The Duncanson 34 is somewhat similar, but never achieved the racing success (I think because it was basically slower and/or didn’t rate as well) and likewise never achieved the same popularity as the S&S 34. However it has a good reputation as a tough easy to sail cruising boat.
The Contessa 32 built (still) in the UK is very similar, but slightly smaller and slower. It has not been updated over the years like the 34 (which makes for a very strong Class Association in the UK). It has a similar reputation for being seaworthy and bulletproof, backed up by an impressive record.
There are not many specific points to watch for in buying a second hand boat, just the fact that many are old and tired and need cleaning/painting/refurbishing. Many were fitted out internally by owners and the standard can vary enormously. Watch for osmosis (usually relatively minor and fixable) and perhaps loose rudder bearings, as well as the usual mechanical things with old engines, prop shafts, rigs etc. There have never been any serious structural failings (despite numerous accidents and groundings) and all the boats made are still afloat (although I think one sank after hitting a reef it was subsequently refloated). One suffered cabin top damage being flung upside down from the top of a wave in a cyclone (later repaired) and one lost a mast in a rollover in the 1998 Hobart race (est wind strength 80-90knots, their instruments were jammed on the stop at 75) and had to motor back to Eden. It is interesting to note that most boats in reasonable condition now sell for more than what they cost to build new. Not many second hand boats can boast that!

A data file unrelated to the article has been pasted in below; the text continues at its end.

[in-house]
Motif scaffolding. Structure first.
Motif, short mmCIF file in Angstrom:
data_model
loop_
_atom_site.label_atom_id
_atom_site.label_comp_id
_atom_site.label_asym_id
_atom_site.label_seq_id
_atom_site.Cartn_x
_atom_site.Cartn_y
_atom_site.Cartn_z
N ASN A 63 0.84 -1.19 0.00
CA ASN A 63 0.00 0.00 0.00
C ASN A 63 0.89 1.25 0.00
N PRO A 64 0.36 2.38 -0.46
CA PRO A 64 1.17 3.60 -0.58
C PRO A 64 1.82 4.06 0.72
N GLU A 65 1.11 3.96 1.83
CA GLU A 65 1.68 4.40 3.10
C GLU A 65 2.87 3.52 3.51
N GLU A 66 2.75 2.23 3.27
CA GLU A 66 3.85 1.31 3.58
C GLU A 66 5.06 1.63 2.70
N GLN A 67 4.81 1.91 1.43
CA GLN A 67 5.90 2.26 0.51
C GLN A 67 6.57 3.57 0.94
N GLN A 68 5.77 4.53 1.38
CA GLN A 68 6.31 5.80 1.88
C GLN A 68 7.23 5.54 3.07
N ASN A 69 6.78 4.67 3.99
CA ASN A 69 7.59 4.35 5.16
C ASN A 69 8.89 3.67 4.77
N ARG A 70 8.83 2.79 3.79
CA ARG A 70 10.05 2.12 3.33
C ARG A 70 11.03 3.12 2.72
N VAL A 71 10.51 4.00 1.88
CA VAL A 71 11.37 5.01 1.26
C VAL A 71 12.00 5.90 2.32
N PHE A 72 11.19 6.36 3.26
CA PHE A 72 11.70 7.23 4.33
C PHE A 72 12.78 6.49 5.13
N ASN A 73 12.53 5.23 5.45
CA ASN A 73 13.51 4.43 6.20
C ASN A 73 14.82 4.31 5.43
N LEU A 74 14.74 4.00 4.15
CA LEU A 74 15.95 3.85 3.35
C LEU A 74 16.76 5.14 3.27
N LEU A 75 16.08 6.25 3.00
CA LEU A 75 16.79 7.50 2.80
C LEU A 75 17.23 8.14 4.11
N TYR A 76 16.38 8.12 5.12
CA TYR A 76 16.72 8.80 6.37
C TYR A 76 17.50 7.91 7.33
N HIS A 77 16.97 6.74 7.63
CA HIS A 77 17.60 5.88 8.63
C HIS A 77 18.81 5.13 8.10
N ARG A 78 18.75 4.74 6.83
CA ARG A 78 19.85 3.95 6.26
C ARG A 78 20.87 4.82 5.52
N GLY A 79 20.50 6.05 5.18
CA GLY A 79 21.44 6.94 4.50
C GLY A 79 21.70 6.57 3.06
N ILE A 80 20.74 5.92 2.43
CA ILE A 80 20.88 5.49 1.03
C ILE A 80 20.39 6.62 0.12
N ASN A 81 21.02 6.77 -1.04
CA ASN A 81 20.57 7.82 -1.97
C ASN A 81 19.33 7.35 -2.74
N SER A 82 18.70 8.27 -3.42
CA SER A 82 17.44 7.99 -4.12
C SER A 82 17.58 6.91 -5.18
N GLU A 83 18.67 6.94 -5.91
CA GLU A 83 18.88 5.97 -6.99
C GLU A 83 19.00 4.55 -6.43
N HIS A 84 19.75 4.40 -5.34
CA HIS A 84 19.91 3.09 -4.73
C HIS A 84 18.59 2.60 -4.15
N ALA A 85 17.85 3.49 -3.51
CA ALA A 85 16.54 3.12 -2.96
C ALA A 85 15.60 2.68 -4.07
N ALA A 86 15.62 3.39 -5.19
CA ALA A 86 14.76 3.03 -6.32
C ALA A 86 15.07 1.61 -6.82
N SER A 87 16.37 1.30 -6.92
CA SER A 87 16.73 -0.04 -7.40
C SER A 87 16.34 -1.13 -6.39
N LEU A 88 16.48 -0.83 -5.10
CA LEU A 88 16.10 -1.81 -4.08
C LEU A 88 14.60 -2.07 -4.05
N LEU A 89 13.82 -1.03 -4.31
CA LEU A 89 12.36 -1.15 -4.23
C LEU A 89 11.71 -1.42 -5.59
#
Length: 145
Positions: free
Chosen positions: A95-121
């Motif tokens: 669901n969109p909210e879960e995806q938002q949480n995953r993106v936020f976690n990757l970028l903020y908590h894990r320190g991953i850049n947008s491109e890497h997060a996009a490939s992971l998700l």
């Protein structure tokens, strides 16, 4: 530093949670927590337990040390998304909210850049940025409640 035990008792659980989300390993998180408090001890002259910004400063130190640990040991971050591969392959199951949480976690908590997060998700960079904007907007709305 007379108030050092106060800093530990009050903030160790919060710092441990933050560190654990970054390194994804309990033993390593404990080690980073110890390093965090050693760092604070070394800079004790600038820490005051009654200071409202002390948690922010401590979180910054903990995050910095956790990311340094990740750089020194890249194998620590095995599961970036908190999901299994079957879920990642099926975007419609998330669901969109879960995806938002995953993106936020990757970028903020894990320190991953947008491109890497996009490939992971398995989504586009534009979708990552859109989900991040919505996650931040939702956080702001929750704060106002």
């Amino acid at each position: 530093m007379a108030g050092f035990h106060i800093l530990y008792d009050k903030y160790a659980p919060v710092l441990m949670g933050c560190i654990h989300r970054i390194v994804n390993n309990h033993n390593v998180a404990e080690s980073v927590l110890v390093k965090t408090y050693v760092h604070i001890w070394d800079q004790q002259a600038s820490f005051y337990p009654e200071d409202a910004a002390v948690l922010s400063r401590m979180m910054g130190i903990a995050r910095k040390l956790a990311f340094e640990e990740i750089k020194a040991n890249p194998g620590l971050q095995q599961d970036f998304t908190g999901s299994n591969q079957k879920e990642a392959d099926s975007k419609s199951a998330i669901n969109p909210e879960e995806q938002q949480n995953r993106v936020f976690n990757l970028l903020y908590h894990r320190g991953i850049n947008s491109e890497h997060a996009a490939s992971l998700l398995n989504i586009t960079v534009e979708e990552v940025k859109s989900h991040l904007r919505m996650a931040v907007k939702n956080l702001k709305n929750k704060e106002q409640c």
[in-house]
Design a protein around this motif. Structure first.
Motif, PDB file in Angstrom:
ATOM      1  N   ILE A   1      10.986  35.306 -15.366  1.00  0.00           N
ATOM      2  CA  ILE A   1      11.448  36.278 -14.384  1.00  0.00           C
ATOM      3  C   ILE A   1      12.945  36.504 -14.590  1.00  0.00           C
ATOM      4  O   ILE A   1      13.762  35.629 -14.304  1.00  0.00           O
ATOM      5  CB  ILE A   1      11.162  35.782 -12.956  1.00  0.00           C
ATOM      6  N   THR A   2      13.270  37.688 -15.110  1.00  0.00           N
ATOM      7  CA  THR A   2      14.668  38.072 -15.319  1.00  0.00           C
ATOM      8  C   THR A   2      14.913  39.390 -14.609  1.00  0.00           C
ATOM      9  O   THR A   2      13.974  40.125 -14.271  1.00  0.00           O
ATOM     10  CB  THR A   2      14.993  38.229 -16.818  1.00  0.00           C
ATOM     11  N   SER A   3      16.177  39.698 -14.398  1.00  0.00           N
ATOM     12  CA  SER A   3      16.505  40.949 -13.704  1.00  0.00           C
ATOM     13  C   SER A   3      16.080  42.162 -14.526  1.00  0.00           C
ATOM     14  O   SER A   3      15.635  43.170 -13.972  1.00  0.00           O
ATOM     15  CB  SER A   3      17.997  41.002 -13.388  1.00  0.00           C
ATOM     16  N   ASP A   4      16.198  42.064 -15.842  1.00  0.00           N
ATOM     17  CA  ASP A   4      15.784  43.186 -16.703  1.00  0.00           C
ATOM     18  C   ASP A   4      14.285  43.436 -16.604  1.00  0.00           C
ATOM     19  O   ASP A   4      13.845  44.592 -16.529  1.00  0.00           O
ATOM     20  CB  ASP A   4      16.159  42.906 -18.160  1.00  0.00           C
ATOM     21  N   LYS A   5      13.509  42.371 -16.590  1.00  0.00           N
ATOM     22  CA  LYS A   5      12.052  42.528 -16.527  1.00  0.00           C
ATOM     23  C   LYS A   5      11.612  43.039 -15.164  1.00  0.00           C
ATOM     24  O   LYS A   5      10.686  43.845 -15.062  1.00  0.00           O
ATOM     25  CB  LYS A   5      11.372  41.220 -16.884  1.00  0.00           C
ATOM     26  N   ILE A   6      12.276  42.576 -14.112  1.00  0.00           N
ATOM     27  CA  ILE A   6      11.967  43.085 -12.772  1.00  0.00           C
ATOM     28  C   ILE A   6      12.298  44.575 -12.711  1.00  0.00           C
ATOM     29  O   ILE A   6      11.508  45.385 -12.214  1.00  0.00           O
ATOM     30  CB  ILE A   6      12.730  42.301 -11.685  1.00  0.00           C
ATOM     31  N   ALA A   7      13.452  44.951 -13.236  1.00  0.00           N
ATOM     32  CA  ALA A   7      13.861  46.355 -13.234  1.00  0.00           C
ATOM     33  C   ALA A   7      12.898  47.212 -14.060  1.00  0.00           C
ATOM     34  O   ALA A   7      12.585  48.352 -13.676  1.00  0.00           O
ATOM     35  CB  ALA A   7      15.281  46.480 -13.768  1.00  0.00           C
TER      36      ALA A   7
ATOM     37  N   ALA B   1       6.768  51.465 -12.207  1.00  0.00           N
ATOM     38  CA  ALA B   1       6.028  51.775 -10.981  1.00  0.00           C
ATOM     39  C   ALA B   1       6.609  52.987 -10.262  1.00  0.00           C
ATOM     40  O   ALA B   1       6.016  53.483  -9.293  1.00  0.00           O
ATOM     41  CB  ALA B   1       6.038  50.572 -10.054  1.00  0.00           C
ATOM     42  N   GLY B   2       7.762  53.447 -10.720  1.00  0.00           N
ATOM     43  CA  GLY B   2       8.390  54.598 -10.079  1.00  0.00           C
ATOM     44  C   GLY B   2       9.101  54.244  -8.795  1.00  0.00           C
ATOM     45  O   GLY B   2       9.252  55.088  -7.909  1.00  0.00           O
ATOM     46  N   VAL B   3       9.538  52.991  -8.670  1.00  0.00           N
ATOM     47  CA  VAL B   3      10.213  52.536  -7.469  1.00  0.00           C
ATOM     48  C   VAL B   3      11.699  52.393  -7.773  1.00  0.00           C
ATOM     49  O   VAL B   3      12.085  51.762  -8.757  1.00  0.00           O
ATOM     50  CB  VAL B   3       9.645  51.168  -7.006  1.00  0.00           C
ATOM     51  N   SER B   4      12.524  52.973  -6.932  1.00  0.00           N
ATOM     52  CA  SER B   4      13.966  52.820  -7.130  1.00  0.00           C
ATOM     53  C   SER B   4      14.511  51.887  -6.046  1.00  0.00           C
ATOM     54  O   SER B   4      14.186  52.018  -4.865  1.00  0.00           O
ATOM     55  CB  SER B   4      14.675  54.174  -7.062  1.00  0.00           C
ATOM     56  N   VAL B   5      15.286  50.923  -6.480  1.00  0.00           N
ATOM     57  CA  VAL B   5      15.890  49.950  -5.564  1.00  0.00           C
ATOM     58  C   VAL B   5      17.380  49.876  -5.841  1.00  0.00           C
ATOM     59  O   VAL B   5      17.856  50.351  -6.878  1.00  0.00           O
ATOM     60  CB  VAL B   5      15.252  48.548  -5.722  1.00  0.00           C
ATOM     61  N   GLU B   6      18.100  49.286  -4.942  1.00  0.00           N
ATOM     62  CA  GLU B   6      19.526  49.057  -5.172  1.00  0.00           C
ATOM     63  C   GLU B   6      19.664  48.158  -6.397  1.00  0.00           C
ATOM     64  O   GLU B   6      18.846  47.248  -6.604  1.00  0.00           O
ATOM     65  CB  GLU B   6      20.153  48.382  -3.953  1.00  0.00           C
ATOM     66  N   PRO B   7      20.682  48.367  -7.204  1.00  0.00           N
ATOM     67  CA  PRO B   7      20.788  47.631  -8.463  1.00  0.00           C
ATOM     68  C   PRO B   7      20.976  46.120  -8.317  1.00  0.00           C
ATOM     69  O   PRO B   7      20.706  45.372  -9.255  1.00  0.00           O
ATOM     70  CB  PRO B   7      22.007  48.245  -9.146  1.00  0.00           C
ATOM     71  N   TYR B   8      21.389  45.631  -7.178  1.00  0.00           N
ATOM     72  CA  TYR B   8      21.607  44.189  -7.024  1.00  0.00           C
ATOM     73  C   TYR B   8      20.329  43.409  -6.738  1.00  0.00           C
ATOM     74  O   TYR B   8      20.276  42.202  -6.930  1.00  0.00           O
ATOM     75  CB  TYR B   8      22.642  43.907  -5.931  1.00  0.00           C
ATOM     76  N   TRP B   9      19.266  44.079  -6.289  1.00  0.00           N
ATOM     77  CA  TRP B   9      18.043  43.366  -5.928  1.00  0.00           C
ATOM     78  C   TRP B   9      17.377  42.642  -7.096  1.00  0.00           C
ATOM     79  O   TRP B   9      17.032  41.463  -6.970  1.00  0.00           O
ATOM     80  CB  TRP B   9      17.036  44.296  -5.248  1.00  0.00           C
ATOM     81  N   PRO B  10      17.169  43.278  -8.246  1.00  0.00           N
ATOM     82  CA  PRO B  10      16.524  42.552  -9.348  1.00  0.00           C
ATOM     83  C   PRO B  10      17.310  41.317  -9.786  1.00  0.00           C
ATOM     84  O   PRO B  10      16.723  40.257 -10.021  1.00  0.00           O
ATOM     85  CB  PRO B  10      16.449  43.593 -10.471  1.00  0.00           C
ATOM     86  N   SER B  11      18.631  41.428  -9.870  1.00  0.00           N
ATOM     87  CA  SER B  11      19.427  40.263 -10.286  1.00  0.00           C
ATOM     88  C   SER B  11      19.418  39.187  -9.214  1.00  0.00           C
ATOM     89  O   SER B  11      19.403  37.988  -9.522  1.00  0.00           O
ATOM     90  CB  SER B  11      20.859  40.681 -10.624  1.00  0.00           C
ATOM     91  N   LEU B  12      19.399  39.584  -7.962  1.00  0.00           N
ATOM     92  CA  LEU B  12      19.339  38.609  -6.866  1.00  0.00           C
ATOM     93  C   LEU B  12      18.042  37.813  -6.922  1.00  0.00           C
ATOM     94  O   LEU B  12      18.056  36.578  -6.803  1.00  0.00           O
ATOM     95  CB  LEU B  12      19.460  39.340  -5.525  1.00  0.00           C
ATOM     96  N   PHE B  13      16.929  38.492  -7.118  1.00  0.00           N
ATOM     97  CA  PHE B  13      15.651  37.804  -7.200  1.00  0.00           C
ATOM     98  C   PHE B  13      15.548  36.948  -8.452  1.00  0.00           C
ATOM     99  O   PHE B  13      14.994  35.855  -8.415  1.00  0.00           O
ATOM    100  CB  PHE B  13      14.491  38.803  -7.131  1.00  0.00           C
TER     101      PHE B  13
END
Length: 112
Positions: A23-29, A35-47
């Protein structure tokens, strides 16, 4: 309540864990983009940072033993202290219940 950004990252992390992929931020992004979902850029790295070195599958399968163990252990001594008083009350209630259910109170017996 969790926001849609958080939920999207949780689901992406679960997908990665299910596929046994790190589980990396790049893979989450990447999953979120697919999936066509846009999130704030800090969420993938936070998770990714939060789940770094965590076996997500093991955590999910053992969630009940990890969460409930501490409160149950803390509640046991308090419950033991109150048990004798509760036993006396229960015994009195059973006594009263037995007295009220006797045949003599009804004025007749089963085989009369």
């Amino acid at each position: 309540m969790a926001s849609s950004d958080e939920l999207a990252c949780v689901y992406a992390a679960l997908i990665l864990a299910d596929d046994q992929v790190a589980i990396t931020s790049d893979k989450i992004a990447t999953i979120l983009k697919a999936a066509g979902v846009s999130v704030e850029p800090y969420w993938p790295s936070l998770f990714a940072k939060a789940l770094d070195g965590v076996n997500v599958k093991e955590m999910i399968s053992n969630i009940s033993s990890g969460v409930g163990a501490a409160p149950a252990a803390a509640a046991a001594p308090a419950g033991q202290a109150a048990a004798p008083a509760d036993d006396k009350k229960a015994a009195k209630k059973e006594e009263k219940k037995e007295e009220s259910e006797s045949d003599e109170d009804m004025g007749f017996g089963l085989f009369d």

There is plenty of info and opinions re the 34, I guess it is one of the most influential and significant yacht designs of the 20th century. I don’t think any other has set so many records or probably sailed as many miles.
Last edited by andyselzn; 06-16-2014 at 01:57 AM.
Reason: context was added